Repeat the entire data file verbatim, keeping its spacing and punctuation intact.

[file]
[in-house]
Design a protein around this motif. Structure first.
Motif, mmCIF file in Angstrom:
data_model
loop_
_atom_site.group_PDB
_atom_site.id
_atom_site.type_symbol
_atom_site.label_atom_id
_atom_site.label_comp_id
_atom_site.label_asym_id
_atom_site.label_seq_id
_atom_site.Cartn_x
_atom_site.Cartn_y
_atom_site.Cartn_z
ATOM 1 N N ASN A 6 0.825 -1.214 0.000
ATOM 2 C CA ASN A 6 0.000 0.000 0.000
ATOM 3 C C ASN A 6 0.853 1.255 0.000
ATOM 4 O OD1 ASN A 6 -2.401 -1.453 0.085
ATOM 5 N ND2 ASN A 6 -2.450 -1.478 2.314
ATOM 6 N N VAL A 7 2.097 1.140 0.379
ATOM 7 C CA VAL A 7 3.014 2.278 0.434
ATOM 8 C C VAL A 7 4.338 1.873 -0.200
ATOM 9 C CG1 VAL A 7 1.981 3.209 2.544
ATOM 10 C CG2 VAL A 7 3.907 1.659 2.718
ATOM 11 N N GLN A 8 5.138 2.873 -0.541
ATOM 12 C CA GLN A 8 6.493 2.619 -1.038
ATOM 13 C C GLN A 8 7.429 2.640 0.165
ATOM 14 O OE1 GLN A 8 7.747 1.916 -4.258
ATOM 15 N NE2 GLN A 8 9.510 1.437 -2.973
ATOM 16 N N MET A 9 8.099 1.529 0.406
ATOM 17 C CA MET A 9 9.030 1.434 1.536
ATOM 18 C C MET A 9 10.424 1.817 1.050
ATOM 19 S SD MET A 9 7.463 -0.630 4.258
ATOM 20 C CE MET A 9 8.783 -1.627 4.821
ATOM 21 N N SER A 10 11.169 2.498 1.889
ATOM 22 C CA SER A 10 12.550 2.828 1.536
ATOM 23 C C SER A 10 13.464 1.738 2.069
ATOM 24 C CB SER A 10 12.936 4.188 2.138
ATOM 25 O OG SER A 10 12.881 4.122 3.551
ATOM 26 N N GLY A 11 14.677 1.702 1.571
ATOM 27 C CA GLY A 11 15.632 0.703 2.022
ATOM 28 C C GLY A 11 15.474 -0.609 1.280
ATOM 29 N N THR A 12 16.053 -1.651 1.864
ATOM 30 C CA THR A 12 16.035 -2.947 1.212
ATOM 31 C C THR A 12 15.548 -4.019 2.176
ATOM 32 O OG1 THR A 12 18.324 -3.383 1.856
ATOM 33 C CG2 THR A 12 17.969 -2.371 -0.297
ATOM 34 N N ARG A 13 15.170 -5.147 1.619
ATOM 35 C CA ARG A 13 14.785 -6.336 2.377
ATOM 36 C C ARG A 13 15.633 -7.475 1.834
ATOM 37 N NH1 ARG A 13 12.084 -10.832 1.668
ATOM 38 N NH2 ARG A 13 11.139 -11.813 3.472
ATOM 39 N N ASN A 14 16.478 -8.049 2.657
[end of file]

[in-house]
Design a protein around this motif. Structure first.
Motif, mmCIF file in Angstrom:
data_model
loop_
_atom_site.group_PDB
_atom_site.id
_atom_site.type_symbol
_atom_site.label_atom_id
_atom_site.label_comp_id
_atom_site.label_asym_id
_atom_site.label_seq_id
_atom_site.Cartn_x
_atom_site.Cartn_y
_atom_site.Cartn_z
ATOM 1 N N ASN A 6 0.825 -1.214 0.000
ATOM 2 C CA ASN A 6 0.000 0.000 0.000
ATOM 3 C C ASN A 6 0.853 1.255 0.000
ATOM 4 O OD1 ASN A 6 -2.401 -1.453 0.085
ATOM 5 N ND2 ASN A 6 -2.450 -1.478 2.314
ATOM 6 N N VAL A 7 2.097 1.140 0.379
ATOM 7 C CA VAL A 7 3.014 2.278 0.434
ATOM 8 C C VAL A 7 4.338 1.873 -0.200
ATOM 9 C CG1 VAL A 7 1.981 3.209 2.544
ATOM 10 C CG2 VAL A 7 3.907 1.659 2.718
ATOM 11 N N GLN A 8 5.138 2.873 -0.541
ATOM 12 C CA GLN A 8 6.493 2.619 -1.038
ATOM 13 C C GLN A 8 7.429 2.640 0.165
ATOM 14 O OE1 GLN A 8 7.747 1.916 -4.258
ATOM 15 N NE2 GLN A 8 9.510 1.437 -2.973
ATOM 16 N N MET A 9 8.099 1.529 0.406
ATOM 17 C CA MET A 9 9.030 1.434 1.536
ATOM 18 C C MET A 9 10.424 1.817 1.050
ATOM 19 S SD MET A 9 7.463 -0.630 4.258
ATOM 20 C CE MET A 9 8.783 -1.627 4.821
ATOM 21 N N SER A 10 11.169 2.498 1.889
ATOM 22 C CA SER A 10 12.550 2.828 1.536
ATOM 23 C C SER A 10 13.464 1.738 2.069
ATOM 24 C CB SER A 10 12.936 4.188 2.138
ATOM 25 O OG SER A 10 12.881 4.122 3.551
ATOM 26 N N GLY A 11 14.677 1.702 1.571
ATOM 27 C CA GLY A 11 15.632 0.703 2.022
ATOM 28 C C GLY A 11 15.474 -0.609 1.280
ATOM 29 N N THR A 12 16.053 -1.651 1.864
ATOM 30 C CA THR A 12 16.035 -2.947 1.212
ATOM 31 C C THR A 12 15.548 -4.019 2.176
ATOM 32 O OG1 THR A 12 18.324 -3.383 1.856
ATOM 33 C CG2 THR A 12 17.969 -2.371 -0.297
ATOM 34 N N ARG A 13 15.170 -5.147 1.619
ATOM 35 C CA ARG A 13 14.785 -6.336 2.377
ATOM 36 C C ARG A 13 15.633 -7.475 1.834
ATOM 37 N NH1 ARG A 13 12.084 -10.832 1.668
ATOM 38 N NH2 ARG A 13 11.139 -11.813 3.472
ATOM 39 N N ASN A 14 16.478 -8.049 2.657